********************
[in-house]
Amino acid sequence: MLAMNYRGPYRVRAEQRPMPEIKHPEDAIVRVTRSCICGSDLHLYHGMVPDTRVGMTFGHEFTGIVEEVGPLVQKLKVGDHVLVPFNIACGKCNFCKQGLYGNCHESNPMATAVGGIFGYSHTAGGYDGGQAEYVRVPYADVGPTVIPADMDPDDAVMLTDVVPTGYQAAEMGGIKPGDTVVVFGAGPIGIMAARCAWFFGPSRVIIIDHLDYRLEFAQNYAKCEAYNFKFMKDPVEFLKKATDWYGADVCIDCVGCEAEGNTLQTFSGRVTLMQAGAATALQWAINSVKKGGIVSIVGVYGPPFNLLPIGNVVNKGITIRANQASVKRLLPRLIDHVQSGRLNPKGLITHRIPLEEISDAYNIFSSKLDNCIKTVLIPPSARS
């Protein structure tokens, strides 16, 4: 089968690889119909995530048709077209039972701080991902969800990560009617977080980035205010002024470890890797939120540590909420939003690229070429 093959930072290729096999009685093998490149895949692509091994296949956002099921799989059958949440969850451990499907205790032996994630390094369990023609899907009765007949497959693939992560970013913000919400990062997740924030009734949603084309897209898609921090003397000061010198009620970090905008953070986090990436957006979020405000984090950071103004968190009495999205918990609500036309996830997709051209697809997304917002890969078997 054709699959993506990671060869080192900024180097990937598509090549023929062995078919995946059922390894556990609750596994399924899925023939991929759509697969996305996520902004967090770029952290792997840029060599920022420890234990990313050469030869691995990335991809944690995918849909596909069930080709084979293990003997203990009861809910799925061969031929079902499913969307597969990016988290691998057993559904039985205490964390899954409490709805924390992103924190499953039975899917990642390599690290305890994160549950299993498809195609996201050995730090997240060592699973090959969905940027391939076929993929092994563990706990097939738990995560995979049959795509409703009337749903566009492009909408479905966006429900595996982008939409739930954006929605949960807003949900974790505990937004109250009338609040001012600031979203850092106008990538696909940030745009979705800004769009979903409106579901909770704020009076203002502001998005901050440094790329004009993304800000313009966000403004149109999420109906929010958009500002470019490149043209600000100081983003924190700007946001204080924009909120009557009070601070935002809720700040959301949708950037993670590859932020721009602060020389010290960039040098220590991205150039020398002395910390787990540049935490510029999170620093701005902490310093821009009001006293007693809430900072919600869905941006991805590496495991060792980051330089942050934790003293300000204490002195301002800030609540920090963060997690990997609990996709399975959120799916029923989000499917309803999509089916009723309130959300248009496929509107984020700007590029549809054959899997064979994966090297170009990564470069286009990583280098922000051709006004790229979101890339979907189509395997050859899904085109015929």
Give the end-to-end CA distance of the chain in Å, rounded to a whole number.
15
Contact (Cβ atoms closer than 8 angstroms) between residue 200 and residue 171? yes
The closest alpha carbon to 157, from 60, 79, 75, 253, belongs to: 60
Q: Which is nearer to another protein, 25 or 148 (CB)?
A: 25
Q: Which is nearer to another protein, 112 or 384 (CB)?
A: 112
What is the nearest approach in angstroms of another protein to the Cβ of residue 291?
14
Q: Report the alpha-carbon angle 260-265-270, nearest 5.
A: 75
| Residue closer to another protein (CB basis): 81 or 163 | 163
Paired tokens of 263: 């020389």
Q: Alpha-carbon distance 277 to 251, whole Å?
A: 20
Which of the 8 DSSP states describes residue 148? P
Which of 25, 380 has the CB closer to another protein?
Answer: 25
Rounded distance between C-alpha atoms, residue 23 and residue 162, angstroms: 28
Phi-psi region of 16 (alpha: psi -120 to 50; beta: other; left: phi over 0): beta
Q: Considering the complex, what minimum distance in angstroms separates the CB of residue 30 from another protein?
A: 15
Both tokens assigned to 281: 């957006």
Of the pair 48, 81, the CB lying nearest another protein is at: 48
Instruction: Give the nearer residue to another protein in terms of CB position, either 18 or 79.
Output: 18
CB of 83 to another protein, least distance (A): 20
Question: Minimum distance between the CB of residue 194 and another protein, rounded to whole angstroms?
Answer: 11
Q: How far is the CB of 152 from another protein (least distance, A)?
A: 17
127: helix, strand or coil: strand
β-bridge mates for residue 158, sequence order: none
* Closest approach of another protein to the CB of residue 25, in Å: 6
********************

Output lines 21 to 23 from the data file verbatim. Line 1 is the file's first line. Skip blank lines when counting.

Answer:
Which of 25, 380 has the CB closer to another protein?
Answer: 25
Rounded distance between C-alpha atoms, residue 23 and residue 162, angstroms: 28